In the new book “O” God: A Dialogue on Truth and Oprah’s Spirituality. (CA: WND, 2009; 128pg) renowned Christian apologist Josh McDowell and up-and-comer Dave Sterrett offer a brief popular level critique of Oprah Winfrey’s growing and influential religion.To keep the reading light the authors present their apologetic in a story-form dialogue between a young divorced grad-student Lindsey and her PhD friend, a newly converted Christian and former yoga teacher, Avatari. As these two 30 year olds discuss their lives and issues they bat around tenets of Oprah-ology. Naturally, Oprah’s spiritual mentors like Eckhart Tolle and Deepak Chopra surface too. Both friends watch the Oprah show and read “O” Magazine, but Lindsey and Avatari disagree over the “truth” therein. The end result is that Avatari uses apologetics to share her faith with Lindsey, who in turn shares her new found faith with her mother. In the course of this drama the authors progressively unravel the paper-thin veneer of Christian lingo on Oprah’s spirituality then dissect the remaining new-age mysticism underneath.

This book is clearly apologetic, intending to educate and dissuade the reading from Oprah’s spirituality. Key points include arguments for Christian exclusivism (ch1,4), absolute truth (ch5), theism (ch7), the historic Jesus (ch9), the reliability of the New Testament (pg95), and resurrection (ch10), a rebuttal of pantheism (ch7, pg73), notes on the problem of blind faith (pg98), a defense of the moral argument for God (pg86), and a critique of the New Thought, “think-yourself-well” movement (ch6). This book is a great introduction into cultural apologetics. It is accessible, simple, readable and still surprisingly meaty. O God is utterly relevant in culture because it sets its sights on the queen of American culture Oprah Winfrey together with her heir apparent, New Age spirituality. As it turns out, New Age is hardly an heir, but rather a Hindu-esque fog of pantheism. McDowell and Starrett keep the page count down, the plot-line simple, the topics clear, and the overall readability up. A discussion guide is also included should the reader want to incorporate this material into a church study group, home group, or religion class.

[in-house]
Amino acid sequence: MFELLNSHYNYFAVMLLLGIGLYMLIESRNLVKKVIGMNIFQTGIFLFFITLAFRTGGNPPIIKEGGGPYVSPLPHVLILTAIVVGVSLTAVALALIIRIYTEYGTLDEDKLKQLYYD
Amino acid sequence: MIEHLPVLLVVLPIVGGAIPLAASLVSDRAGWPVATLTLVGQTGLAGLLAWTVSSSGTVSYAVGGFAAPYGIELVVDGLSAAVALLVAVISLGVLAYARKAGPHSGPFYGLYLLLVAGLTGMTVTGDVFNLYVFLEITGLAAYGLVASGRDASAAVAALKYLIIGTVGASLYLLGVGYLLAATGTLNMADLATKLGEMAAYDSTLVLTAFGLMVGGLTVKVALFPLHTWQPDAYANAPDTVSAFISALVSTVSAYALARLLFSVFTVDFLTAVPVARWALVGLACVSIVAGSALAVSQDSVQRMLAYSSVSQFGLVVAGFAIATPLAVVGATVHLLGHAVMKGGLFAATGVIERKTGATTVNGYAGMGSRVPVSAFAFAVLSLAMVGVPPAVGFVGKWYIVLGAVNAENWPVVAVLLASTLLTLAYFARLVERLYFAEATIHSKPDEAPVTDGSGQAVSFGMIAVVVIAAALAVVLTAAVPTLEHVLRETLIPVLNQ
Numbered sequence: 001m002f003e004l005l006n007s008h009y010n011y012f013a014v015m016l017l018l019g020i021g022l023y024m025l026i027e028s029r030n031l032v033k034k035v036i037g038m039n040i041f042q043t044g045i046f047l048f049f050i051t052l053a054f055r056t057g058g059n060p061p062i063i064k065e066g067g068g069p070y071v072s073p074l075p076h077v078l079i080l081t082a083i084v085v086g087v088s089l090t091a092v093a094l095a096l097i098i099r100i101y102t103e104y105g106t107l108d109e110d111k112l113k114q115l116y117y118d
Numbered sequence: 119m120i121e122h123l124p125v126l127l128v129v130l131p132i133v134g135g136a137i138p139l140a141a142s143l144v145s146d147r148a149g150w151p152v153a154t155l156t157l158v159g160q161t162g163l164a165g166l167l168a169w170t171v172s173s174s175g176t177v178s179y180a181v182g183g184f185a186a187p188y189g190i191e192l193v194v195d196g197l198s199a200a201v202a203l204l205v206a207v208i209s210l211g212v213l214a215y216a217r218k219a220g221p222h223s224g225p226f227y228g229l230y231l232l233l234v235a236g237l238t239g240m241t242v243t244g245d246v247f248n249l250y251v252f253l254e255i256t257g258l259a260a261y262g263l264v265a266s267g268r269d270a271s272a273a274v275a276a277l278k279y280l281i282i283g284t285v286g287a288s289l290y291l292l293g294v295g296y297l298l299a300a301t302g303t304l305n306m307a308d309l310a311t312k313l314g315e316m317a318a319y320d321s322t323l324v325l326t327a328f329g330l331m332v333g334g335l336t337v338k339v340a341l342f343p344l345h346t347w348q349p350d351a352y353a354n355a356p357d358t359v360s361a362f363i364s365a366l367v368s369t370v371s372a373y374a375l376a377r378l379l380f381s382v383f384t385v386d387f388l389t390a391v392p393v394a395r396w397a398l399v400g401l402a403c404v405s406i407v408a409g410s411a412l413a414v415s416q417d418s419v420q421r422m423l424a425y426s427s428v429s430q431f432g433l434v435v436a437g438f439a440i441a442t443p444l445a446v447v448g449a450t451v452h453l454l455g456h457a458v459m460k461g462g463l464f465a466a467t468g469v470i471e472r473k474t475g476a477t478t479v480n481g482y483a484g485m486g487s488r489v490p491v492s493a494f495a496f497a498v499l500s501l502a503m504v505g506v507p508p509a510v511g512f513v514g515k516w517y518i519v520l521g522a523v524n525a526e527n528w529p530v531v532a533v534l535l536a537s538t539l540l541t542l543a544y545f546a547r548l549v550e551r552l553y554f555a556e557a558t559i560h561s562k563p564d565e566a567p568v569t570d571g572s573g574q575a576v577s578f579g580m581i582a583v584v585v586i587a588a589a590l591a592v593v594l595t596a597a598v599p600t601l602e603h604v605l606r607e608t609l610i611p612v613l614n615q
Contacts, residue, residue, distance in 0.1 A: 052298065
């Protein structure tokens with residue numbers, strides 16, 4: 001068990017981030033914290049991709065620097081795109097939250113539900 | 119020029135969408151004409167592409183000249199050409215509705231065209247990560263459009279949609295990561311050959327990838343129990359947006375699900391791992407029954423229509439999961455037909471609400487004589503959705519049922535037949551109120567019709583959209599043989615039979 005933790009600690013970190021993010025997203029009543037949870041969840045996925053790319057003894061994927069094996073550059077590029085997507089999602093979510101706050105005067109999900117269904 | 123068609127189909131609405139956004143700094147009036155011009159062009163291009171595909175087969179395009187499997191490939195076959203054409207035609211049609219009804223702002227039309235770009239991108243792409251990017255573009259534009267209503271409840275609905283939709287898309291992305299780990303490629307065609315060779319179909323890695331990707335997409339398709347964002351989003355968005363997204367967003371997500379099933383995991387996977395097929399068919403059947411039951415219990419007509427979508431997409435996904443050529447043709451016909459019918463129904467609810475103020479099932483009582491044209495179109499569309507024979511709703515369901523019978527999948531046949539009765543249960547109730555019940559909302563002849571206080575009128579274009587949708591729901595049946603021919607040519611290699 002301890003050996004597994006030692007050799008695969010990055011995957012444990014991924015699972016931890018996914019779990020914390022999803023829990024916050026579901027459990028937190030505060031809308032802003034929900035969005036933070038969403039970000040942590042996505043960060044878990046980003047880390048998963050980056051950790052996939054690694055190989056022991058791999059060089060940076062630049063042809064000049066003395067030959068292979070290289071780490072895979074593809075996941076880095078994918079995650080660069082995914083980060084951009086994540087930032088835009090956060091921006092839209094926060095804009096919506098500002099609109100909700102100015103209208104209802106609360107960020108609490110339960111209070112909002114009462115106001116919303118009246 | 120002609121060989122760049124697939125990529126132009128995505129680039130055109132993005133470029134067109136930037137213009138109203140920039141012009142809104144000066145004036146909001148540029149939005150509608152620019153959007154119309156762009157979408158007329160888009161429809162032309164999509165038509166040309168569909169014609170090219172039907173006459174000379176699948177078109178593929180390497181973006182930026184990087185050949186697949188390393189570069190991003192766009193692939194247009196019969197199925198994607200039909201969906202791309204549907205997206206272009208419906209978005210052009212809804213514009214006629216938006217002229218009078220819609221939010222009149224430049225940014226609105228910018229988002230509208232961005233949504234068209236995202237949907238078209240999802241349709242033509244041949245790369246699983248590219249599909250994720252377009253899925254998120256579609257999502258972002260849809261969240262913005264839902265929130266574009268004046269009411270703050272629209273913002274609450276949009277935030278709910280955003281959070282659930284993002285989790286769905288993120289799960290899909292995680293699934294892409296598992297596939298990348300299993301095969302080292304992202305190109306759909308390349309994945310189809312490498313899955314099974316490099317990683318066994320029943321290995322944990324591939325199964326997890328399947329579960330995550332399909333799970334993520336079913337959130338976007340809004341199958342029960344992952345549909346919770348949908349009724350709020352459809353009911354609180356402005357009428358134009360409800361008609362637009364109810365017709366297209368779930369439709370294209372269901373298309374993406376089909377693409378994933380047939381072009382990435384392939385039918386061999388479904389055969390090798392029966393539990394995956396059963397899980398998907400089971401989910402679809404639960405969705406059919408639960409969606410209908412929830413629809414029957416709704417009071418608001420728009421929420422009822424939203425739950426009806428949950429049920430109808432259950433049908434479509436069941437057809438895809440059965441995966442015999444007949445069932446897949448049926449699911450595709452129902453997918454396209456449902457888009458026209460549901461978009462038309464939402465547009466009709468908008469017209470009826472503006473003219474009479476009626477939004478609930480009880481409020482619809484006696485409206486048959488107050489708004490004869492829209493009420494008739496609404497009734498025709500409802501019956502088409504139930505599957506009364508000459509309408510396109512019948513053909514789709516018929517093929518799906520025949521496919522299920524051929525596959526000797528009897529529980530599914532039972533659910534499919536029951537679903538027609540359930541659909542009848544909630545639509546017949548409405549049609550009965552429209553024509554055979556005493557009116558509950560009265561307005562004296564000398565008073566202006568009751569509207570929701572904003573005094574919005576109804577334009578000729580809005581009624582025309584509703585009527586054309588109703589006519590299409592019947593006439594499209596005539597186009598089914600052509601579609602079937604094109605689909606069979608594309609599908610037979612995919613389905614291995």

As an apologist myself, this book is a helpful addition to my library on Cults, World Religions and Alternative Spirituality. Oprah-ology is nothing new, to those who have studied about pantheism and eastern religions. But this book may surprise people who thought of Oprah as a good Christian girl. Before this book I did not know how non-Christian Oprah’s religion was, nor how openly she admits to anti-Christian beliefs. Oprah is a new-thought, religious pluralist who denies absolute truth, Christian theism, sin, hell, and the Trinity. This book however is not a critique of Oprah—God bless whatever good she offers to the world—but rather a focused response to her skewed beliefs, which take her out of classical Christianity. But neither does O God stop at critiqueing Oprah-ology. O God is evangelistic, tying together rebuttal with affirmation, countering pantheism with Christian theism, finally offering an apologetically polished uniquely beautiful Christian gospel. This book deserves commendation for “calling it like it is.” In a hazy world of gray shades and fuzzy borders, when people turn up sick from moral ambiguity and spiritual banality, O God shines a refreshing bright light while sharpening the surgeon’s scalpel. Soul surgery can now take place.

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